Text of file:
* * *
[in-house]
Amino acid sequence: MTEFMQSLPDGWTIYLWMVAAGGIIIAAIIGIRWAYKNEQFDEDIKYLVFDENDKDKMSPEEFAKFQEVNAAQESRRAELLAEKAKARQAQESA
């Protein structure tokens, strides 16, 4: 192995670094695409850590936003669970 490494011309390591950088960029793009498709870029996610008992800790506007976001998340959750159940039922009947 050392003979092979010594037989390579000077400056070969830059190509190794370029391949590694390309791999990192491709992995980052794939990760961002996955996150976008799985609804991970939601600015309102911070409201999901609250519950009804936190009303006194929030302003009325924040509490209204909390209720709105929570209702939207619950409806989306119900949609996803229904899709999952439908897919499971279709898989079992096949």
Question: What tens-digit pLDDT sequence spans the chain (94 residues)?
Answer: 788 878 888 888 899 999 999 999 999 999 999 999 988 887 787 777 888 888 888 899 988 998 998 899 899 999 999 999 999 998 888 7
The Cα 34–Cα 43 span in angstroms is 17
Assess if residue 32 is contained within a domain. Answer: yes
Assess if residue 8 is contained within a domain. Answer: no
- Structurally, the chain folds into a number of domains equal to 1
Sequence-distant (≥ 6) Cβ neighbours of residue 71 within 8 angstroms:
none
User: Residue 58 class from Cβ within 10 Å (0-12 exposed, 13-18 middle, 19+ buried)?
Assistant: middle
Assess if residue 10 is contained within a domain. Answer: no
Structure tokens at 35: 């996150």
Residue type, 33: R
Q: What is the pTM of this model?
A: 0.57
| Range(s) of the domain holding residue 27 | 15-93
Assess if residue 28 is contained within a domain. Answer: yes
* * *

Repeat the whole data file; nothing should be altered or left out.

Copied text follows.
[in-house]
Amino acid sequence: MTEFMQSLPDGWTIYLWMVAAGGIIIAAIIGIRWAYKNEQFDEDIKYLVFDENDKDKMSPEEFAKFQEVNAAQESRRAELLAEKAKARQAQESA
């Protein structure tokens, strides 16, 4: 192995670094695409850590936003669970 490494011309390591950088960029793009498709870029996610008992800790506007976001998340959750159940039922009947 050392003979092979010594037989390579000077400056070969830059190509190794370029391949590694390309791999990192491709992995980052794939990760961002996955996150976008799985609804991970939601600015309102911070409201999901609250519950009804936190009303006194929030302003009325924040509490209204909390209720709105929570209702939207619950409806989306119900949609996803229904899709999952439908897919499971279709898989079992096949």
Question: What tens-digit pLDDT sequence spans the chain (94 residues)?
Answer: 788 878 888 888 899 999 999 999 999 999 999 999 988 887 787 777 888 888 888 899 988 998 998 899 899 999 999 999 999 998 888 7
The Cα 34–Cα 43 span in angstroms is 17
Assess if residue 32 is contained within a domain. Answer: yes
Assess if residue 8 is contained within a domain. Answer: no
- Structurally, the chain folds into a number of domains equal to 1
Sequence-distant (≥ 6) Cβ neighbours of residue 71 within 8 angstroms:
none
User: Residue 58 class from Cβ within 10 Å (0-12 exposed, 13-18 middle, 19+ buried)?
Assistant: middle
Assess if residue 10 is contained within a domain. Answer: no
Structure tokens at 35: 């996150």
Residue type, 33: R
Q: What is the pTM of this model?
A: 0.57
| Range(s) of the domain holding residue 27 | 15-93
Assess if residue 28 is contained within a domain. Answer: yes